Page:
also i got a single phase 110 amp at 24 volt charger for the cells, i assumed that even if it was not brilliant it would run off our 1944 army diesel generator, 5.6kva constant, and i mean constant, but charger info plate says 230v 27 amp, why? watts dont add up, well they do and then some, lots of some!!

are you sure the numbers are right ? nothing worn off a bit ?

24v 110amps = 2640watts

230v 27amp = 6210watts is miles off

but

230v 12.7amps = 2920watts   is pretty close ?


or could 27amps be the start up current ?



my forklift charger is 48v 80amps (3840w) but the label says it's 230v 27amps (6210w)

unless 27amps is some sort of industry standard ? (shot in the dark)
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Outtasight
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« Reply #9 on: January 24, 2011, 10:11:10 PM »

Old transformer chargers for fork lifts have rubbish AC power factor ratings, due to the SCR chopper current regulators used in them.  

I have a 15V 30A lab power supply, so it was able to deliver 30A with no AC ripple.  A typical battery charger is a SCR rectified monster that puts out 110A RMS; so called because it will have a massive hidden AC ripple component to the DC charge current.  The AC ripple current won't charge the battery, but will cause the battery plates and cables to heat up, wasting power.  Of course this power comes from somewhere, and the input power will seem inexplicably higher than the actual DC rating.  

Better chargers have humongous capacitors in them to smooth the ripple.  Capacitors have extremely low internal resistance and low inductance, so can store and release the AC ripple as DC charging current, rather than wasting it as heat.  Newer fork lift chargers are are switch mode based, making them light and powerful and have good efficiency and good power factor correction.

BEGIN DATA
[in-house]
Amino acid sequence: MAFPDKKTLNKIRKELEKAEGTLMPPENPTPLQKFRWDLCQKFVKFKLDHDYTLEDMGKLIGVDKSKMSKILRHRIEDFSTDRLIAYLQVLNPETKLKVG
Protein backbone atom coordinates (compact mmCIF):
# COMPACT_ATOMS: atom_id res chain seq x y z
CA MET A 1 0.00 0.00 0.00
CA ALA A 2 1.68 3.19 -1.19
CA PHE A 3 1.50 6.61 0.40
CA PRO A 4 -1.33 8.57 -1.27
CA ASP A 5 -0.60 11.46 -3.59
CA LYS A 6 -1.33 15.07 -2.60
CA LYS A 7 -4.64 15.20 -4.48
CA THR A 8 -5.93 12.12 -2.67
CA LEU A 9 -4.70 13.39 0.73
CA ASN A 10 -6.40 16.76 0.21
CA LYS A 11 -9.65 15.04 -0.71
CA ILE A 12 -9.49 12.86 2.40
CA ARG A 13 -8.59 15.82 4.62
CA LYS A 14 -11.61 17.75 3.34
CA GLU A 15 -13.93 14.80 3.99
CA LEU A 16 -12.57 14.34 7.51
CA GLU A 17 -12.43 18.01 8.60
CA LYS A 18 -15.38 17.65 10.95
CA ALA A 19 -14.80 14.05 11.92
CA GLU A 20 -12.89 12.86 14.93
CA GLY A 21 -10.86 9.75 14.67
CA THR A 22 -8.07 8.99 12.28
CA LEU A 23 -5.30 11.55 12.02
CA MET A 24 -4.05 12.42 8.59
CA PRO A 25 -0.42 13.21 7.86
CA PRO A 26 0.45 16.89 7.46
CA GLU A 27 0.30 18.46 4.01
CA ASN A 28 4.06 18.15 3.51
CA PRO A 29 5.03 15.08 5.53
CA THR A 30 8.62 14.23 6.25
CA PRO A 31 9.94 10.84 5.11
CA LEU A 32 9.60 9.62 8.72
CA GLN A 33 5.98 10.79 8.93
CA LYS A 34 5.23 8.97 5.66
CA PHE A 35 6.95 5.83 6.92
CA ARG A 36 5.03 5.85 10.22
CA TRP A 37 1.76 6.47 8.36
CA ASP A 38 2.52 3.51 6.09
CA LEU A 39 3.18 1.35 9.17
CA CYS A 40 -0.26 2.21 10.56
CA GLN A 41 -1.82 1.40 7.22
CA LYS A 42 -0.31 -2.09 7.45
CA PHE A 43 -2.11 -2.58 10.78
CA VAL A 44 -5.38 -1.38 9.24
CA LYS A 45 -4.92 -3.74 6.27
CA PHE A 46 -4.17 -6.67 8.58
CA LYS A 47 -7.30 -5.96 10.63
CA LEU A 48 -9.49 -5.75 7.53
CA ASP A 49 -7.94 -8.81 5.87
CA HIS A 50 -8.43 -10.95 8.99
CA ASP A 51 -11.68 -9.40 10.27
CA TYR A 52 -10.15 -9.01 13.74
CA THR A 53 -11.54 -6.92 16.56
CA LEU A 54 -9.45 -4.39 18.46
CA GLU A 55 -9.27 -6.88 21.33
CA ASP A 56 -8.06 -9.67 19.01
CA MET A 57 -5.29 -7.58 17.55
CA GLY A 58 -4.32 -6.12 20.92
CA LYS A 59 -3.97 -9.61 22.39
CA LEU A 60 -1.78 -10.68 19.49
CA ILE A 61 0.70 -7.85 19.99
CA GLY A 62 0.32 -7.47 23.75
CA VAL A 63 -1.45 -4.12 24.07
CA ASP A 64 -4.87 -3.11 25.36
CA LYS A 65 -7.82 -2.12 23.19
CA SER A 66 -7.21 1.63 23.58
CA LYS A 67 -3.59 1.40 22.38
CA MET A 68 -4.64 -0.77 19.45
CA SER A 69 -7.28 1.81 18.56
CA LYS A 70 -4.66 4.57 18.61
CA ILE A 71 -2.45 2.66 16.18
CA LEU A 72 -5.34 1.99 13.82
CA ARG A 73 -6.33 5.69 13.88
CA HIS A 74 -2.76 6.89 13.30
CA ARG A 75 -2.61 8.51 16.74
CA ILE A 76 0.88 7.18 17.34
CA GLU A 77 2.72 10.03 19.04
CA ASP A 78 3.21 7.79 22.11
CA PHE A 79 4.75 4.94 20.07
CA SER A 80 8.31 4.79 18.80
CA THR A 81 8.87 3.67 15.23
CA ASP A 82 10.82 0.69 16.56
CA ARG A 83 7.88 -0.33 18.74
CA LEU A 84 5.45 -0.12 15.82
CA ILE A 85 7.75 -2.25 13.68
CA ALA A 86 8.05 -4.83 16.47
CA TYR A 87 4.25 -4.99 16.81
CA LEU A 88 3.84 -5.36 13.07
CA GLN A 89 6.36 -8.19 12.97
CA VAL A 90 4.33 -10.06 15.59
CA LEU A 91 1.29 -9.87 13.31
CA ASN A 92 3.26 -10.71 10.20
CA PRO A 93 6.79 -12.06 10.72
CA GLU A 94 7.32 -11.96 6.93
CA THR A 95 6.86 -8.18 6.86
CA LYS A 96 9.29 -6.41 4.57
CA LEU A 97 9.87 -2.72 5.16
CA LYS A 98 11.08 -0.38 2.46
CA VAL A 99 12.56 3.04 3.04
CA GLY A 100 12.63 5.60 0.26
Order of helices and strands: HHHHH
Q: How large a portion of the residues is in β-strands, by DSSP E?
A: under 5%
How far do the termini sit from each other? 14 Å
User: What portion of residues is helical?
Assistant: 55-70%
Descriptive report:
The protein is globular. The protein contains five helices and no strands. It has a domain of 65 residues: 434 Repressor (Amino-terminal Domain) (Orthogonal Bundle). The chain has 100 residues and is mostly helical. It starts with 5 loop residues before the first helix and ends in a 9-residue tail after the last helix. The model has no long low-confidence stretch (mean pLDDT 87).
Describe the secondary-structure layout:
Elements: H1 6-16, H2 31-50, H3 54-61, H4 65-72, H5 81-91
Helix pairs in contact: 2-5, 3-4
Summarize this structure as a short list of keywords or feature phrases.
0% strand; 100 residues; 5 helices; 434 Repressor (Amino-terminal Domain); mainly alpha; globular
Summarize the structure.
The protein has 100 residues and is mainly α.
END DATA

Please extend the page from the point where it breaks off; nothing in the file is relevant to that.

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« Reply #10 on: January 24, 2011, 10:28:34 PM »

hello again,
no nothing rubbed off, i am an electronics engineer, and had thought the figures odd, at present the charger is in my depot some miles away, i plan to colect and open soon, to see what is happening, but plate is clear, seems a waste!
battery bank is 930 amps at 24v, 930 amps per cel of course.
batteries and charger are all 5 years old, so not old tech, or so i hope.
my generator is a flat twin diesel coventry enfield, lovely genset, but i dont want to push it past 25 amps, we regulary use 25, but 27 may well end its days.
i have fitted a modern AVR, which works well, i am sure the carbon pile regulator was ok in 1944, but not for now.

any idea on levels in battery?
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« Reply #11 on: January 24, 2011, 10:58:11 PM »

Go easy on the genset...  There were many tales of woe down at Frotter's shed and his burned out alternators trying to run a manky old transformer charger he found on some scrap heap.

http://www.navitron.org.uk/forum/index.php/topic,1319.msg9435.html#msg9435
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« Reply #12 on: January 24, 2011, 11:14:32 PM »

with removing the old carbon pile reg, i can loose the exciter dynamo, to replace this, i have got a 110a 24 alternator, i plan to up the excitation a bit, and charge off this, should be less loss than the comedy charger!
i will call crompton and see what they have to say about a 100% loss
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1600w PV main array at 24v, excide 2v 1000a forklift cells now x 2, 320w PV secondary array at 12v. Enfield 1944 ex RAF 5.6kw diesel genset (now in pieces, big ends gone), Petter AC1 28v diesel charging set at 2.8kw.
1kw wind turbine.
26kw wood stove back boiler to underfloor heating and dhw